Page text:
In country areas you may also see the fearsome-looking ‘three-wheeler’ – a crude tractor-like tempo with a front wheel on an articulated arm – or the Magic, a cute minivan that can carry up to a dozen passengers.
Various kinds of local boat offer transport across and down rivers in India, from big car ferries to wooden canoes and wicker coracles. Most of the larger boats carry bicycles and motorcycles for a fee.
Urban buses range from fume-belching, human-stuffed mechanical monsters that travel at breakneck speed to sanitised air-conditioned vehicles with comfortable seating and smoother ride quality. In any case, it’s usually far more convenient to opt for an autorickshaw or taxi, as they're quicker and more frequent (though more expensive).
A cycle-rickshaw is a pedal cycle with two rear wheels, supporting a bench seat for passengers. Most have a canopy that can be raised in wet weather or blazing sunshine but lowered to provide extra space for luggage.
Fares must be agreed in advance – speak to locals to get an idea of a fair price for the distance you intend to travel.
Kolkata is the last bastion of the hand-pulled rickshaw, known as the tana rickshaw. This is a hand-cart on two wheels pulled directly by the rickshaw-wallah.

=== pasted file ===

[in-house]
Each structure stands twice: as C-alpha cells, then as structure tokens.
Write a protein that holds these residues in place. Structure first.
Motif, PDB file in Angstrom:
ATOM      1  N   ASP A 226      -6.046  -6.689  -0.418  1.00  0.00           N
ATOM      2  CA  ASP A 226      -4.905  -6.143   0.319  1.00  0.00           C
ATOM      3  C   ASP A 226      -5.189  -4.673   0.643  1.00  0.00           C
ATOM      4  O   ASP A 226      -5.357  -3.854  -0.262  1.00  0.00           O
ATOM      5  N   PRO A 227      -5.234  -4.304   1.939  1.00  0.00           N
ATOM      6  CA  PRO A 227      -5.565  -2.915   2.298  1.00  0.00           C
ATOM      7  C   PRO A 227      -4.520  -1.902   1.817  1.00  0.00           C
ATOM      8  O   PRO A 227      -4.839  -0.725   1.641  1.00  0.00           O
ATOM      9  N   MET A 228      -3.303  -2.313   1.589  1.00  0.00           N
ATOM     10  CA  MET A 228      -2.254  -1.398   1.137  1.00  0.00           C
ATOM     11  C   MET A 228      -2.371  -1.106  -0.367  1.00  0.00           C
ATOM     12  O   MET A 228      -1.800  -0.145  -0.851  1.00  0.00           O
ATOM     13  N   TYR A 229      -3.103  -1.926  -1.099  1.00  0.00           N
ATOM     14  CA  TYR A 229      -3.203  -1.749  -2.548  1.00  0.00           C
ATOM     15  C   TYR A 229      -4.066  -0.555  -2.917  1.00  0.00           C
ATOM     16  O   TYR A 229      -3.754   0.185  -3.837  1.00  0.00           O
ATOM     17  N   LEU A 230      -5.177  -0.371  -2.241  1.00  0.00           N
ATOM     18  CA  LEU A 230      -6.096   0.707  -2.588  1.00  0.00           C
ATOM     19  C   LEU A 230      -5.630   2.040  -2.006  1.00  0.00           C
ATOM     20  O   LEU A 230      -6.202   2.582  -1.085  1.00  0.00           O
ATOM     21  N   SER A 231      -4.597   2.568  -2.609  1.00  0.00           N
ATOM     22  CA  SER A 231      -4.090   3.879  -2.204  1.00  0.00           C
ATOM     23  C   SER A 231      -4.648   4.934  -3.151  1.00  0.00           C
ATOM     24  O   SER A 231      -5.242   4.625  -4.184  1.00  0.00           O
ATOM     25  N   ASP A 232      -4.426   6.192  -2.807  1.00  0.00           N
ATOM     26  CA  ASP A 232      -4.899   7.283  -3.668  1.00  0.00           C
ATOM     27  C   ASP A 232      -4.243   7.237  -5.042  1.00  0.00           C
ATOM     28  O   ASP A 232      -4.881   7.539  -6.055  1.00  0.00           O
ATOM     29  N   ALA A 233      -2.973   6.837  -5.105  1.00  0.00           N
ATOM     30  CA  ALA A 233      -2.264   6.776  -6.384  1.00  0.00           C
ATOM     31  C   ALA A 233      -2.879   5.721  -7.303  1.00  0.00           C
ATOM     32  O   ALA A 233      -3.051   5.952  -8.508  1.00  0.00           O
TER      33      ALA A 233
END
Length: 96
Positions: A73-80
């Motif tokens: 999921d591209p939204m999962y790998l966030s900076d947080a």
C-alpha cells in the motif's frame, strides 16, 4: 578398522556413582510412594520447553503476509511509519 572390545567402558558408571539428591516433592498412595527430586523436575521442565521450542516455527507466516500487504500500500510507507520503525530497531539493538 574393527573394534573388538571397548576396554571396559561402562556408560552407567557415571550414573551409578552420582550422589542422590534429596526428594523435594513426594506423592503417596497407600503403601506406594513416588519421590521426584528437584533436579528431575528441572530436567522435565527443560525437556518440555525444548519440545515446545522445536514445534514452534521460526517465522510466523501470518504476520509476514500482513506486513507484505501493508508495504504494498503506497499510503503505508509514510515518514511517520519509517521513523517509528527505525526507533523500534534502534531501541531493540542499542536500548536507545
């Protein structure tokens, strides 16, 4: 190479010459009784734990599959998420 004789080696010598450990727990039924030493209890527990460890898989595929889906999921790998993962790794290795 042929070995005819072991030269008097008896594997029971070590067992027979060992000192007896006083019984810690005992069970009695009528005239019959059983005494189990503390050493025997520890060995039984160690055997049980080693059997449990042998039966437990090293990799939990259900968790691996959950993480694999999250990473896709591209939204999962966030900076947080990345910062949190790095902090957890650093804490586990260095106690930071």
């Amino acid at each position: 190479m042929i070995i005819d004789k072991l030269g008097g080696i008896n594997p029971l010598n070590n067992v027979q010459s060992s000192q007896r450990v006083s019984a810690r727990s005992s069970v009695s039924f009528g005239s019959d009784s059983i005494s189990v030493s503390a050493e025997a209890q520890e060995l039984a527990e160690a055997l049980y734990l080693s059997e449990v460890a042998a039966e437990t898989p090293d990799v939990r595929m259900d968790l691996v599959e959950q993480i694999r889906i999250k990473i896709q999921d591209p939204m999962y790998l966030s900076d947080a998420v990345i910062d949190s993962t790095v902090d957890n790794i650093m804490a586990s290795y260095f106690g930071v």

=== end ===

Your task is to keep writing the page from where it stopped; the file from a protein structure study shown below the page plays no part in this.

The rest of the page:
Most towns have taxis, and these are usually metered; however, getting drivers to use the meter can be a hassle. To avoid fare-setting shenanigans, use prepaid taxis where possible. Apps such as Uber and Ola, or radio cabs, are sometimes a more efficient option in larger cities.
Getting a metered ride is only half the battle. Meters are almost always outdated, so fares are calculated using a combination of the meter reading and a complicated ‘fare-adjustment card’. Predictably, this system is open to abuse. It's usually better to simply agree a fare beforehand. To get a rough estimate of fares in advance, try the portal www.taxiautofare.com. Better still, ask a local for advice.
Major Indian airports and train stations have prepaid-taxi and radio-cab booths. Here you can book a taxi, even long distance, for a fixed price (which will include baggage) and thus avoid commission scams. Hold onto your receipt until you're sure you've reached your destination, then give it to your driver. The driver won't get paid without it.
Radio cabs cost marginally more than prepaid taxis but are air-conditioned and staffed by the company's chauffeurs. Cabs have electronic, receipt-generating fare meters and are fitted with GPS units, so the company can monitor the vehicle's movements around town. This minimises the chances of errant driving or unreasonable demands for extra cash by the driver afterwards.
Smaller airports and stations may have prepaid-autorickshaw booths instead of or as well as prepaid-taxi booths.
Other Local Transport